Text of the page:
THE WEARINESS OF THE FLESH: REFLECTIONS ON THE LIFE OF THE MIND IN AN ERA OF ABUNDANCE

Paul B. Gandel, Richard N. Katz

Abstract


The invention of the printing press reduced higher education’s learning-resource scarcity. Access to learning increased, and this democratization of education indirectly contributed to the idea of political democracy in the western world. As part of these political changes, equilibrium was sought between the supply of expertise needed to promote prosperity and the demand for such expertise. This equilibrium has been elusive as the world economy shifts to a reliance on intellectual capital. To complicate matters, we now live in a world of staggering information abundance. How do we mange such boundless information? One answer may lie in viewing the social character of information (how information is used) as fundamental in setting information management agendas. This article presents a holistic approach to information management as one strategy to create effective management of information that starts with the individual and ends with collective knowledge and wisdom.


Keywords


Knowledge Economy,Information Abundance,Information Management,Information Ecology,Personal Digital Repositories

Full Text:

PDF

References


Bible: Hebrew Ecclesiastes (1.XII.13) The Oxford Book of Verse in English Translation, Charles Tomlinson, ed.. Oxford University Press, 1980.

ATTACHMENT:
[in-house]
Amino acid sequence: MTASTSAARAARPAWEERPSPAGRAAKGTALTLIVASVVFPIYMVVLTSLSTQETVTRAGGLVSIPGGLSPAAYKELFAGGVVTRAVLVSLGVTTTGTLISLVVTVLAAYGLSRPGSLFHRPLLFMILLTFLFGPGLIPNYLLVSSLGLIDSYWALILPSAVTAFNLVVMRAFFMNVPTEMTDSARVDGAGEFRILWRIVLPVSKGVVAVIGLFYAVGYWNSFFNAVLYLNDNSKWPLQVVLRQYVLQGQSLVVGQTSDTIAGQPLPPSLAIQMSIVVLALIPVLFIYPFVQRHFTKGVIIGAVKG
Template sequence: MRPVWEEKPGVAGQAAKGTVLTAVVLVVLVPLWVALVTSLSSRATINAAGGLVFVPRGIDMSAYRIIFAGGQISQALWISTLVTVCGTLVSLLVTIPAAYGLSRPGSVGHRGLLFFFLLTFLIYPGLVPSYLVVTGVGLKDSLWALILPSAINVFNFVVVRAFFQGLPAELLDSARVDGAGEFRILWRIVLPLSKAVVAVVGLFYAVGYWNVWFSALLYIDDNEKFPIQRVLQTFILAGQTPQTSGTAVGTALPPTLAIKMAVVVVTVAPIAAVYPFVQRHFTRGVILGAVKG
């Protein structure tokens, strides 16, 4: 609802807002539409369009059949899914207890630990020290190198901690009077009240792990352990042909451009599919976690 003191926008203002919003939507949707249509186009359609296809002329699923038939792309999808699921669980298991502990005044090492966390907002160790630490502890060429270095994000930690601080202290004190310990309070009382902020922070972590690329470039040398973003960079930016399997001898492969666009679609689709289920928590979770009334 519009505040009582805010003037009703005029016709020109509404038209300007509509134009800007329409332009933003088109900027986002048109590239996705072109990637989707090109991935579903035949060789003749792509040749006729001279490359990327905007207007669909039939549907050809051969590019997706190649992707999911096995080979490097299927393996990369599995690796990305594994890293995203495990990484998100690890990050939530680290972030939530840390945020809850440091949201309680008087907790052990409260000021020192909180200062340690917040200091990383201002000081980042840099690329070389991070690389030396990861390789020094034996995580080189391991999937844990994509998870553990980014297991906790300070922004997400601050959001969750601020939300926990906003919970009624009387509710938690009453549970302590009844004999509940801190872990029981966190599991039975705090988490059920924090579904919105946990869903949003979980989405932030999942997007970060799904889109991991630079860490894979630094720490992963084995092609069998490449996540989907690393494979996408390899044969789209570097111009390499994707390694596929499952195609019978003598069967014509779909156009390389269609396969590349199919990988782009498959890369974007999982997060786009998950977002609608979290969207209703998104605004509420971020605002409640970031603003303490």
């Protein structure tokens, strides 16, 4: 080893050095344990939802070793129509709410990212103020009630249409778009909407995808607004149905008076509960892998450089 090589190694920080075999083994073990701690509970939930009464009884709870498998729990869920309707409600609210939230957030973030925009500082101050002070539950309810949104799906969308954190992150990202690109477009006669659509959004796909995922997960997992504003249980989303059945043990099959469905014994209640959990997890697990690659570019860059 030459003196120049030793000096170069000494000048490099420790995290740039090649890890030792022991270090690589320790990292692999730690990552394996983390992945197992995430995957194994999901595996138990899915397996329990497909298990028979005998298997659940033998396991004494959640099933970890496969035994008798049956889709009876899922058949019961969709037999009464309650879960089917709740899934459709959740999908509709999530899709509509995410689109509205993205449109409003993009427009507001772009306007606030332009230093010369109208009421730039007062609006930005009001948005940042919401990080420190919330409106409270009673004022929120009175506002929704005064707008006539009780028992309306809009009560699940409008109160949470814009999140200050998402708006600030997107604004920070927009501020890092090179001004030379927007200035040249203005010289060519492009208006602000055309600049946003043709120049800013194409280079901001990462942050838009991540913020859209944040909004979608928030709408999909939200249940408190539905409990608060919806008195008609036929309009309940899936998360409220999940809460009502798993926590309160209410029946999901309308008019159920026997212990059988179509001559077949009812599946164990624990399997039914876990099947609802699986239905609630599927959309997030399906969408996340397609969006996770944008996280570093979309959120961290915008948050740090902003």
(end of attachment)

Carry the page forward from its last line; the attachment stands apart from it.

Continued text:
Bell, D. The Coming of Post-Industrial Society: A Venture in Social Forecasting. New York: Basic Books, 1973.

Lyman, P., and Varian, H. “How Much Information,” 2003. Retrieved from http://www.sims.berkeley.edu/research/projects/how-much-info-2003/ on November 7, 2003.

Lynch, C. “Life after Graduation: Beyond the Academy.” EDUCAUSE Review 38(5): 12-13, September/October, 2003.

Burns, C. “Three Mile Island: The Information Meltdown.” in Horton, F.W. and D. Lewis, Great Information Disasters, 45–55. London: ASLIB, 1991.

Myburgh, S. “Strategic Information Management: Understanding a New Reality.” The Information Management Journal 36(1): 36-43, January/February 2002.

Ackoff, R. L. “Management Misinformation Systems.” Management Sciences 14(4): B147–B156, 1967.

Nardi, B. and O’Day, V. L. Information Ecologies: Using Technology with Heart. Cambridge: MIT Press, 1999.

Davenport, T. H. Information Ecology. New York: Oxford University Press, 1997.

Bush, V. “As We May Think” Atlantic Monthly 176(00001): 101-108, July 1945.




DOI: http://dx.doi.org/10.24059/olj.v8i1.1840



Copyright (c) 2019 Paul B. Gandel, Richard N. Katz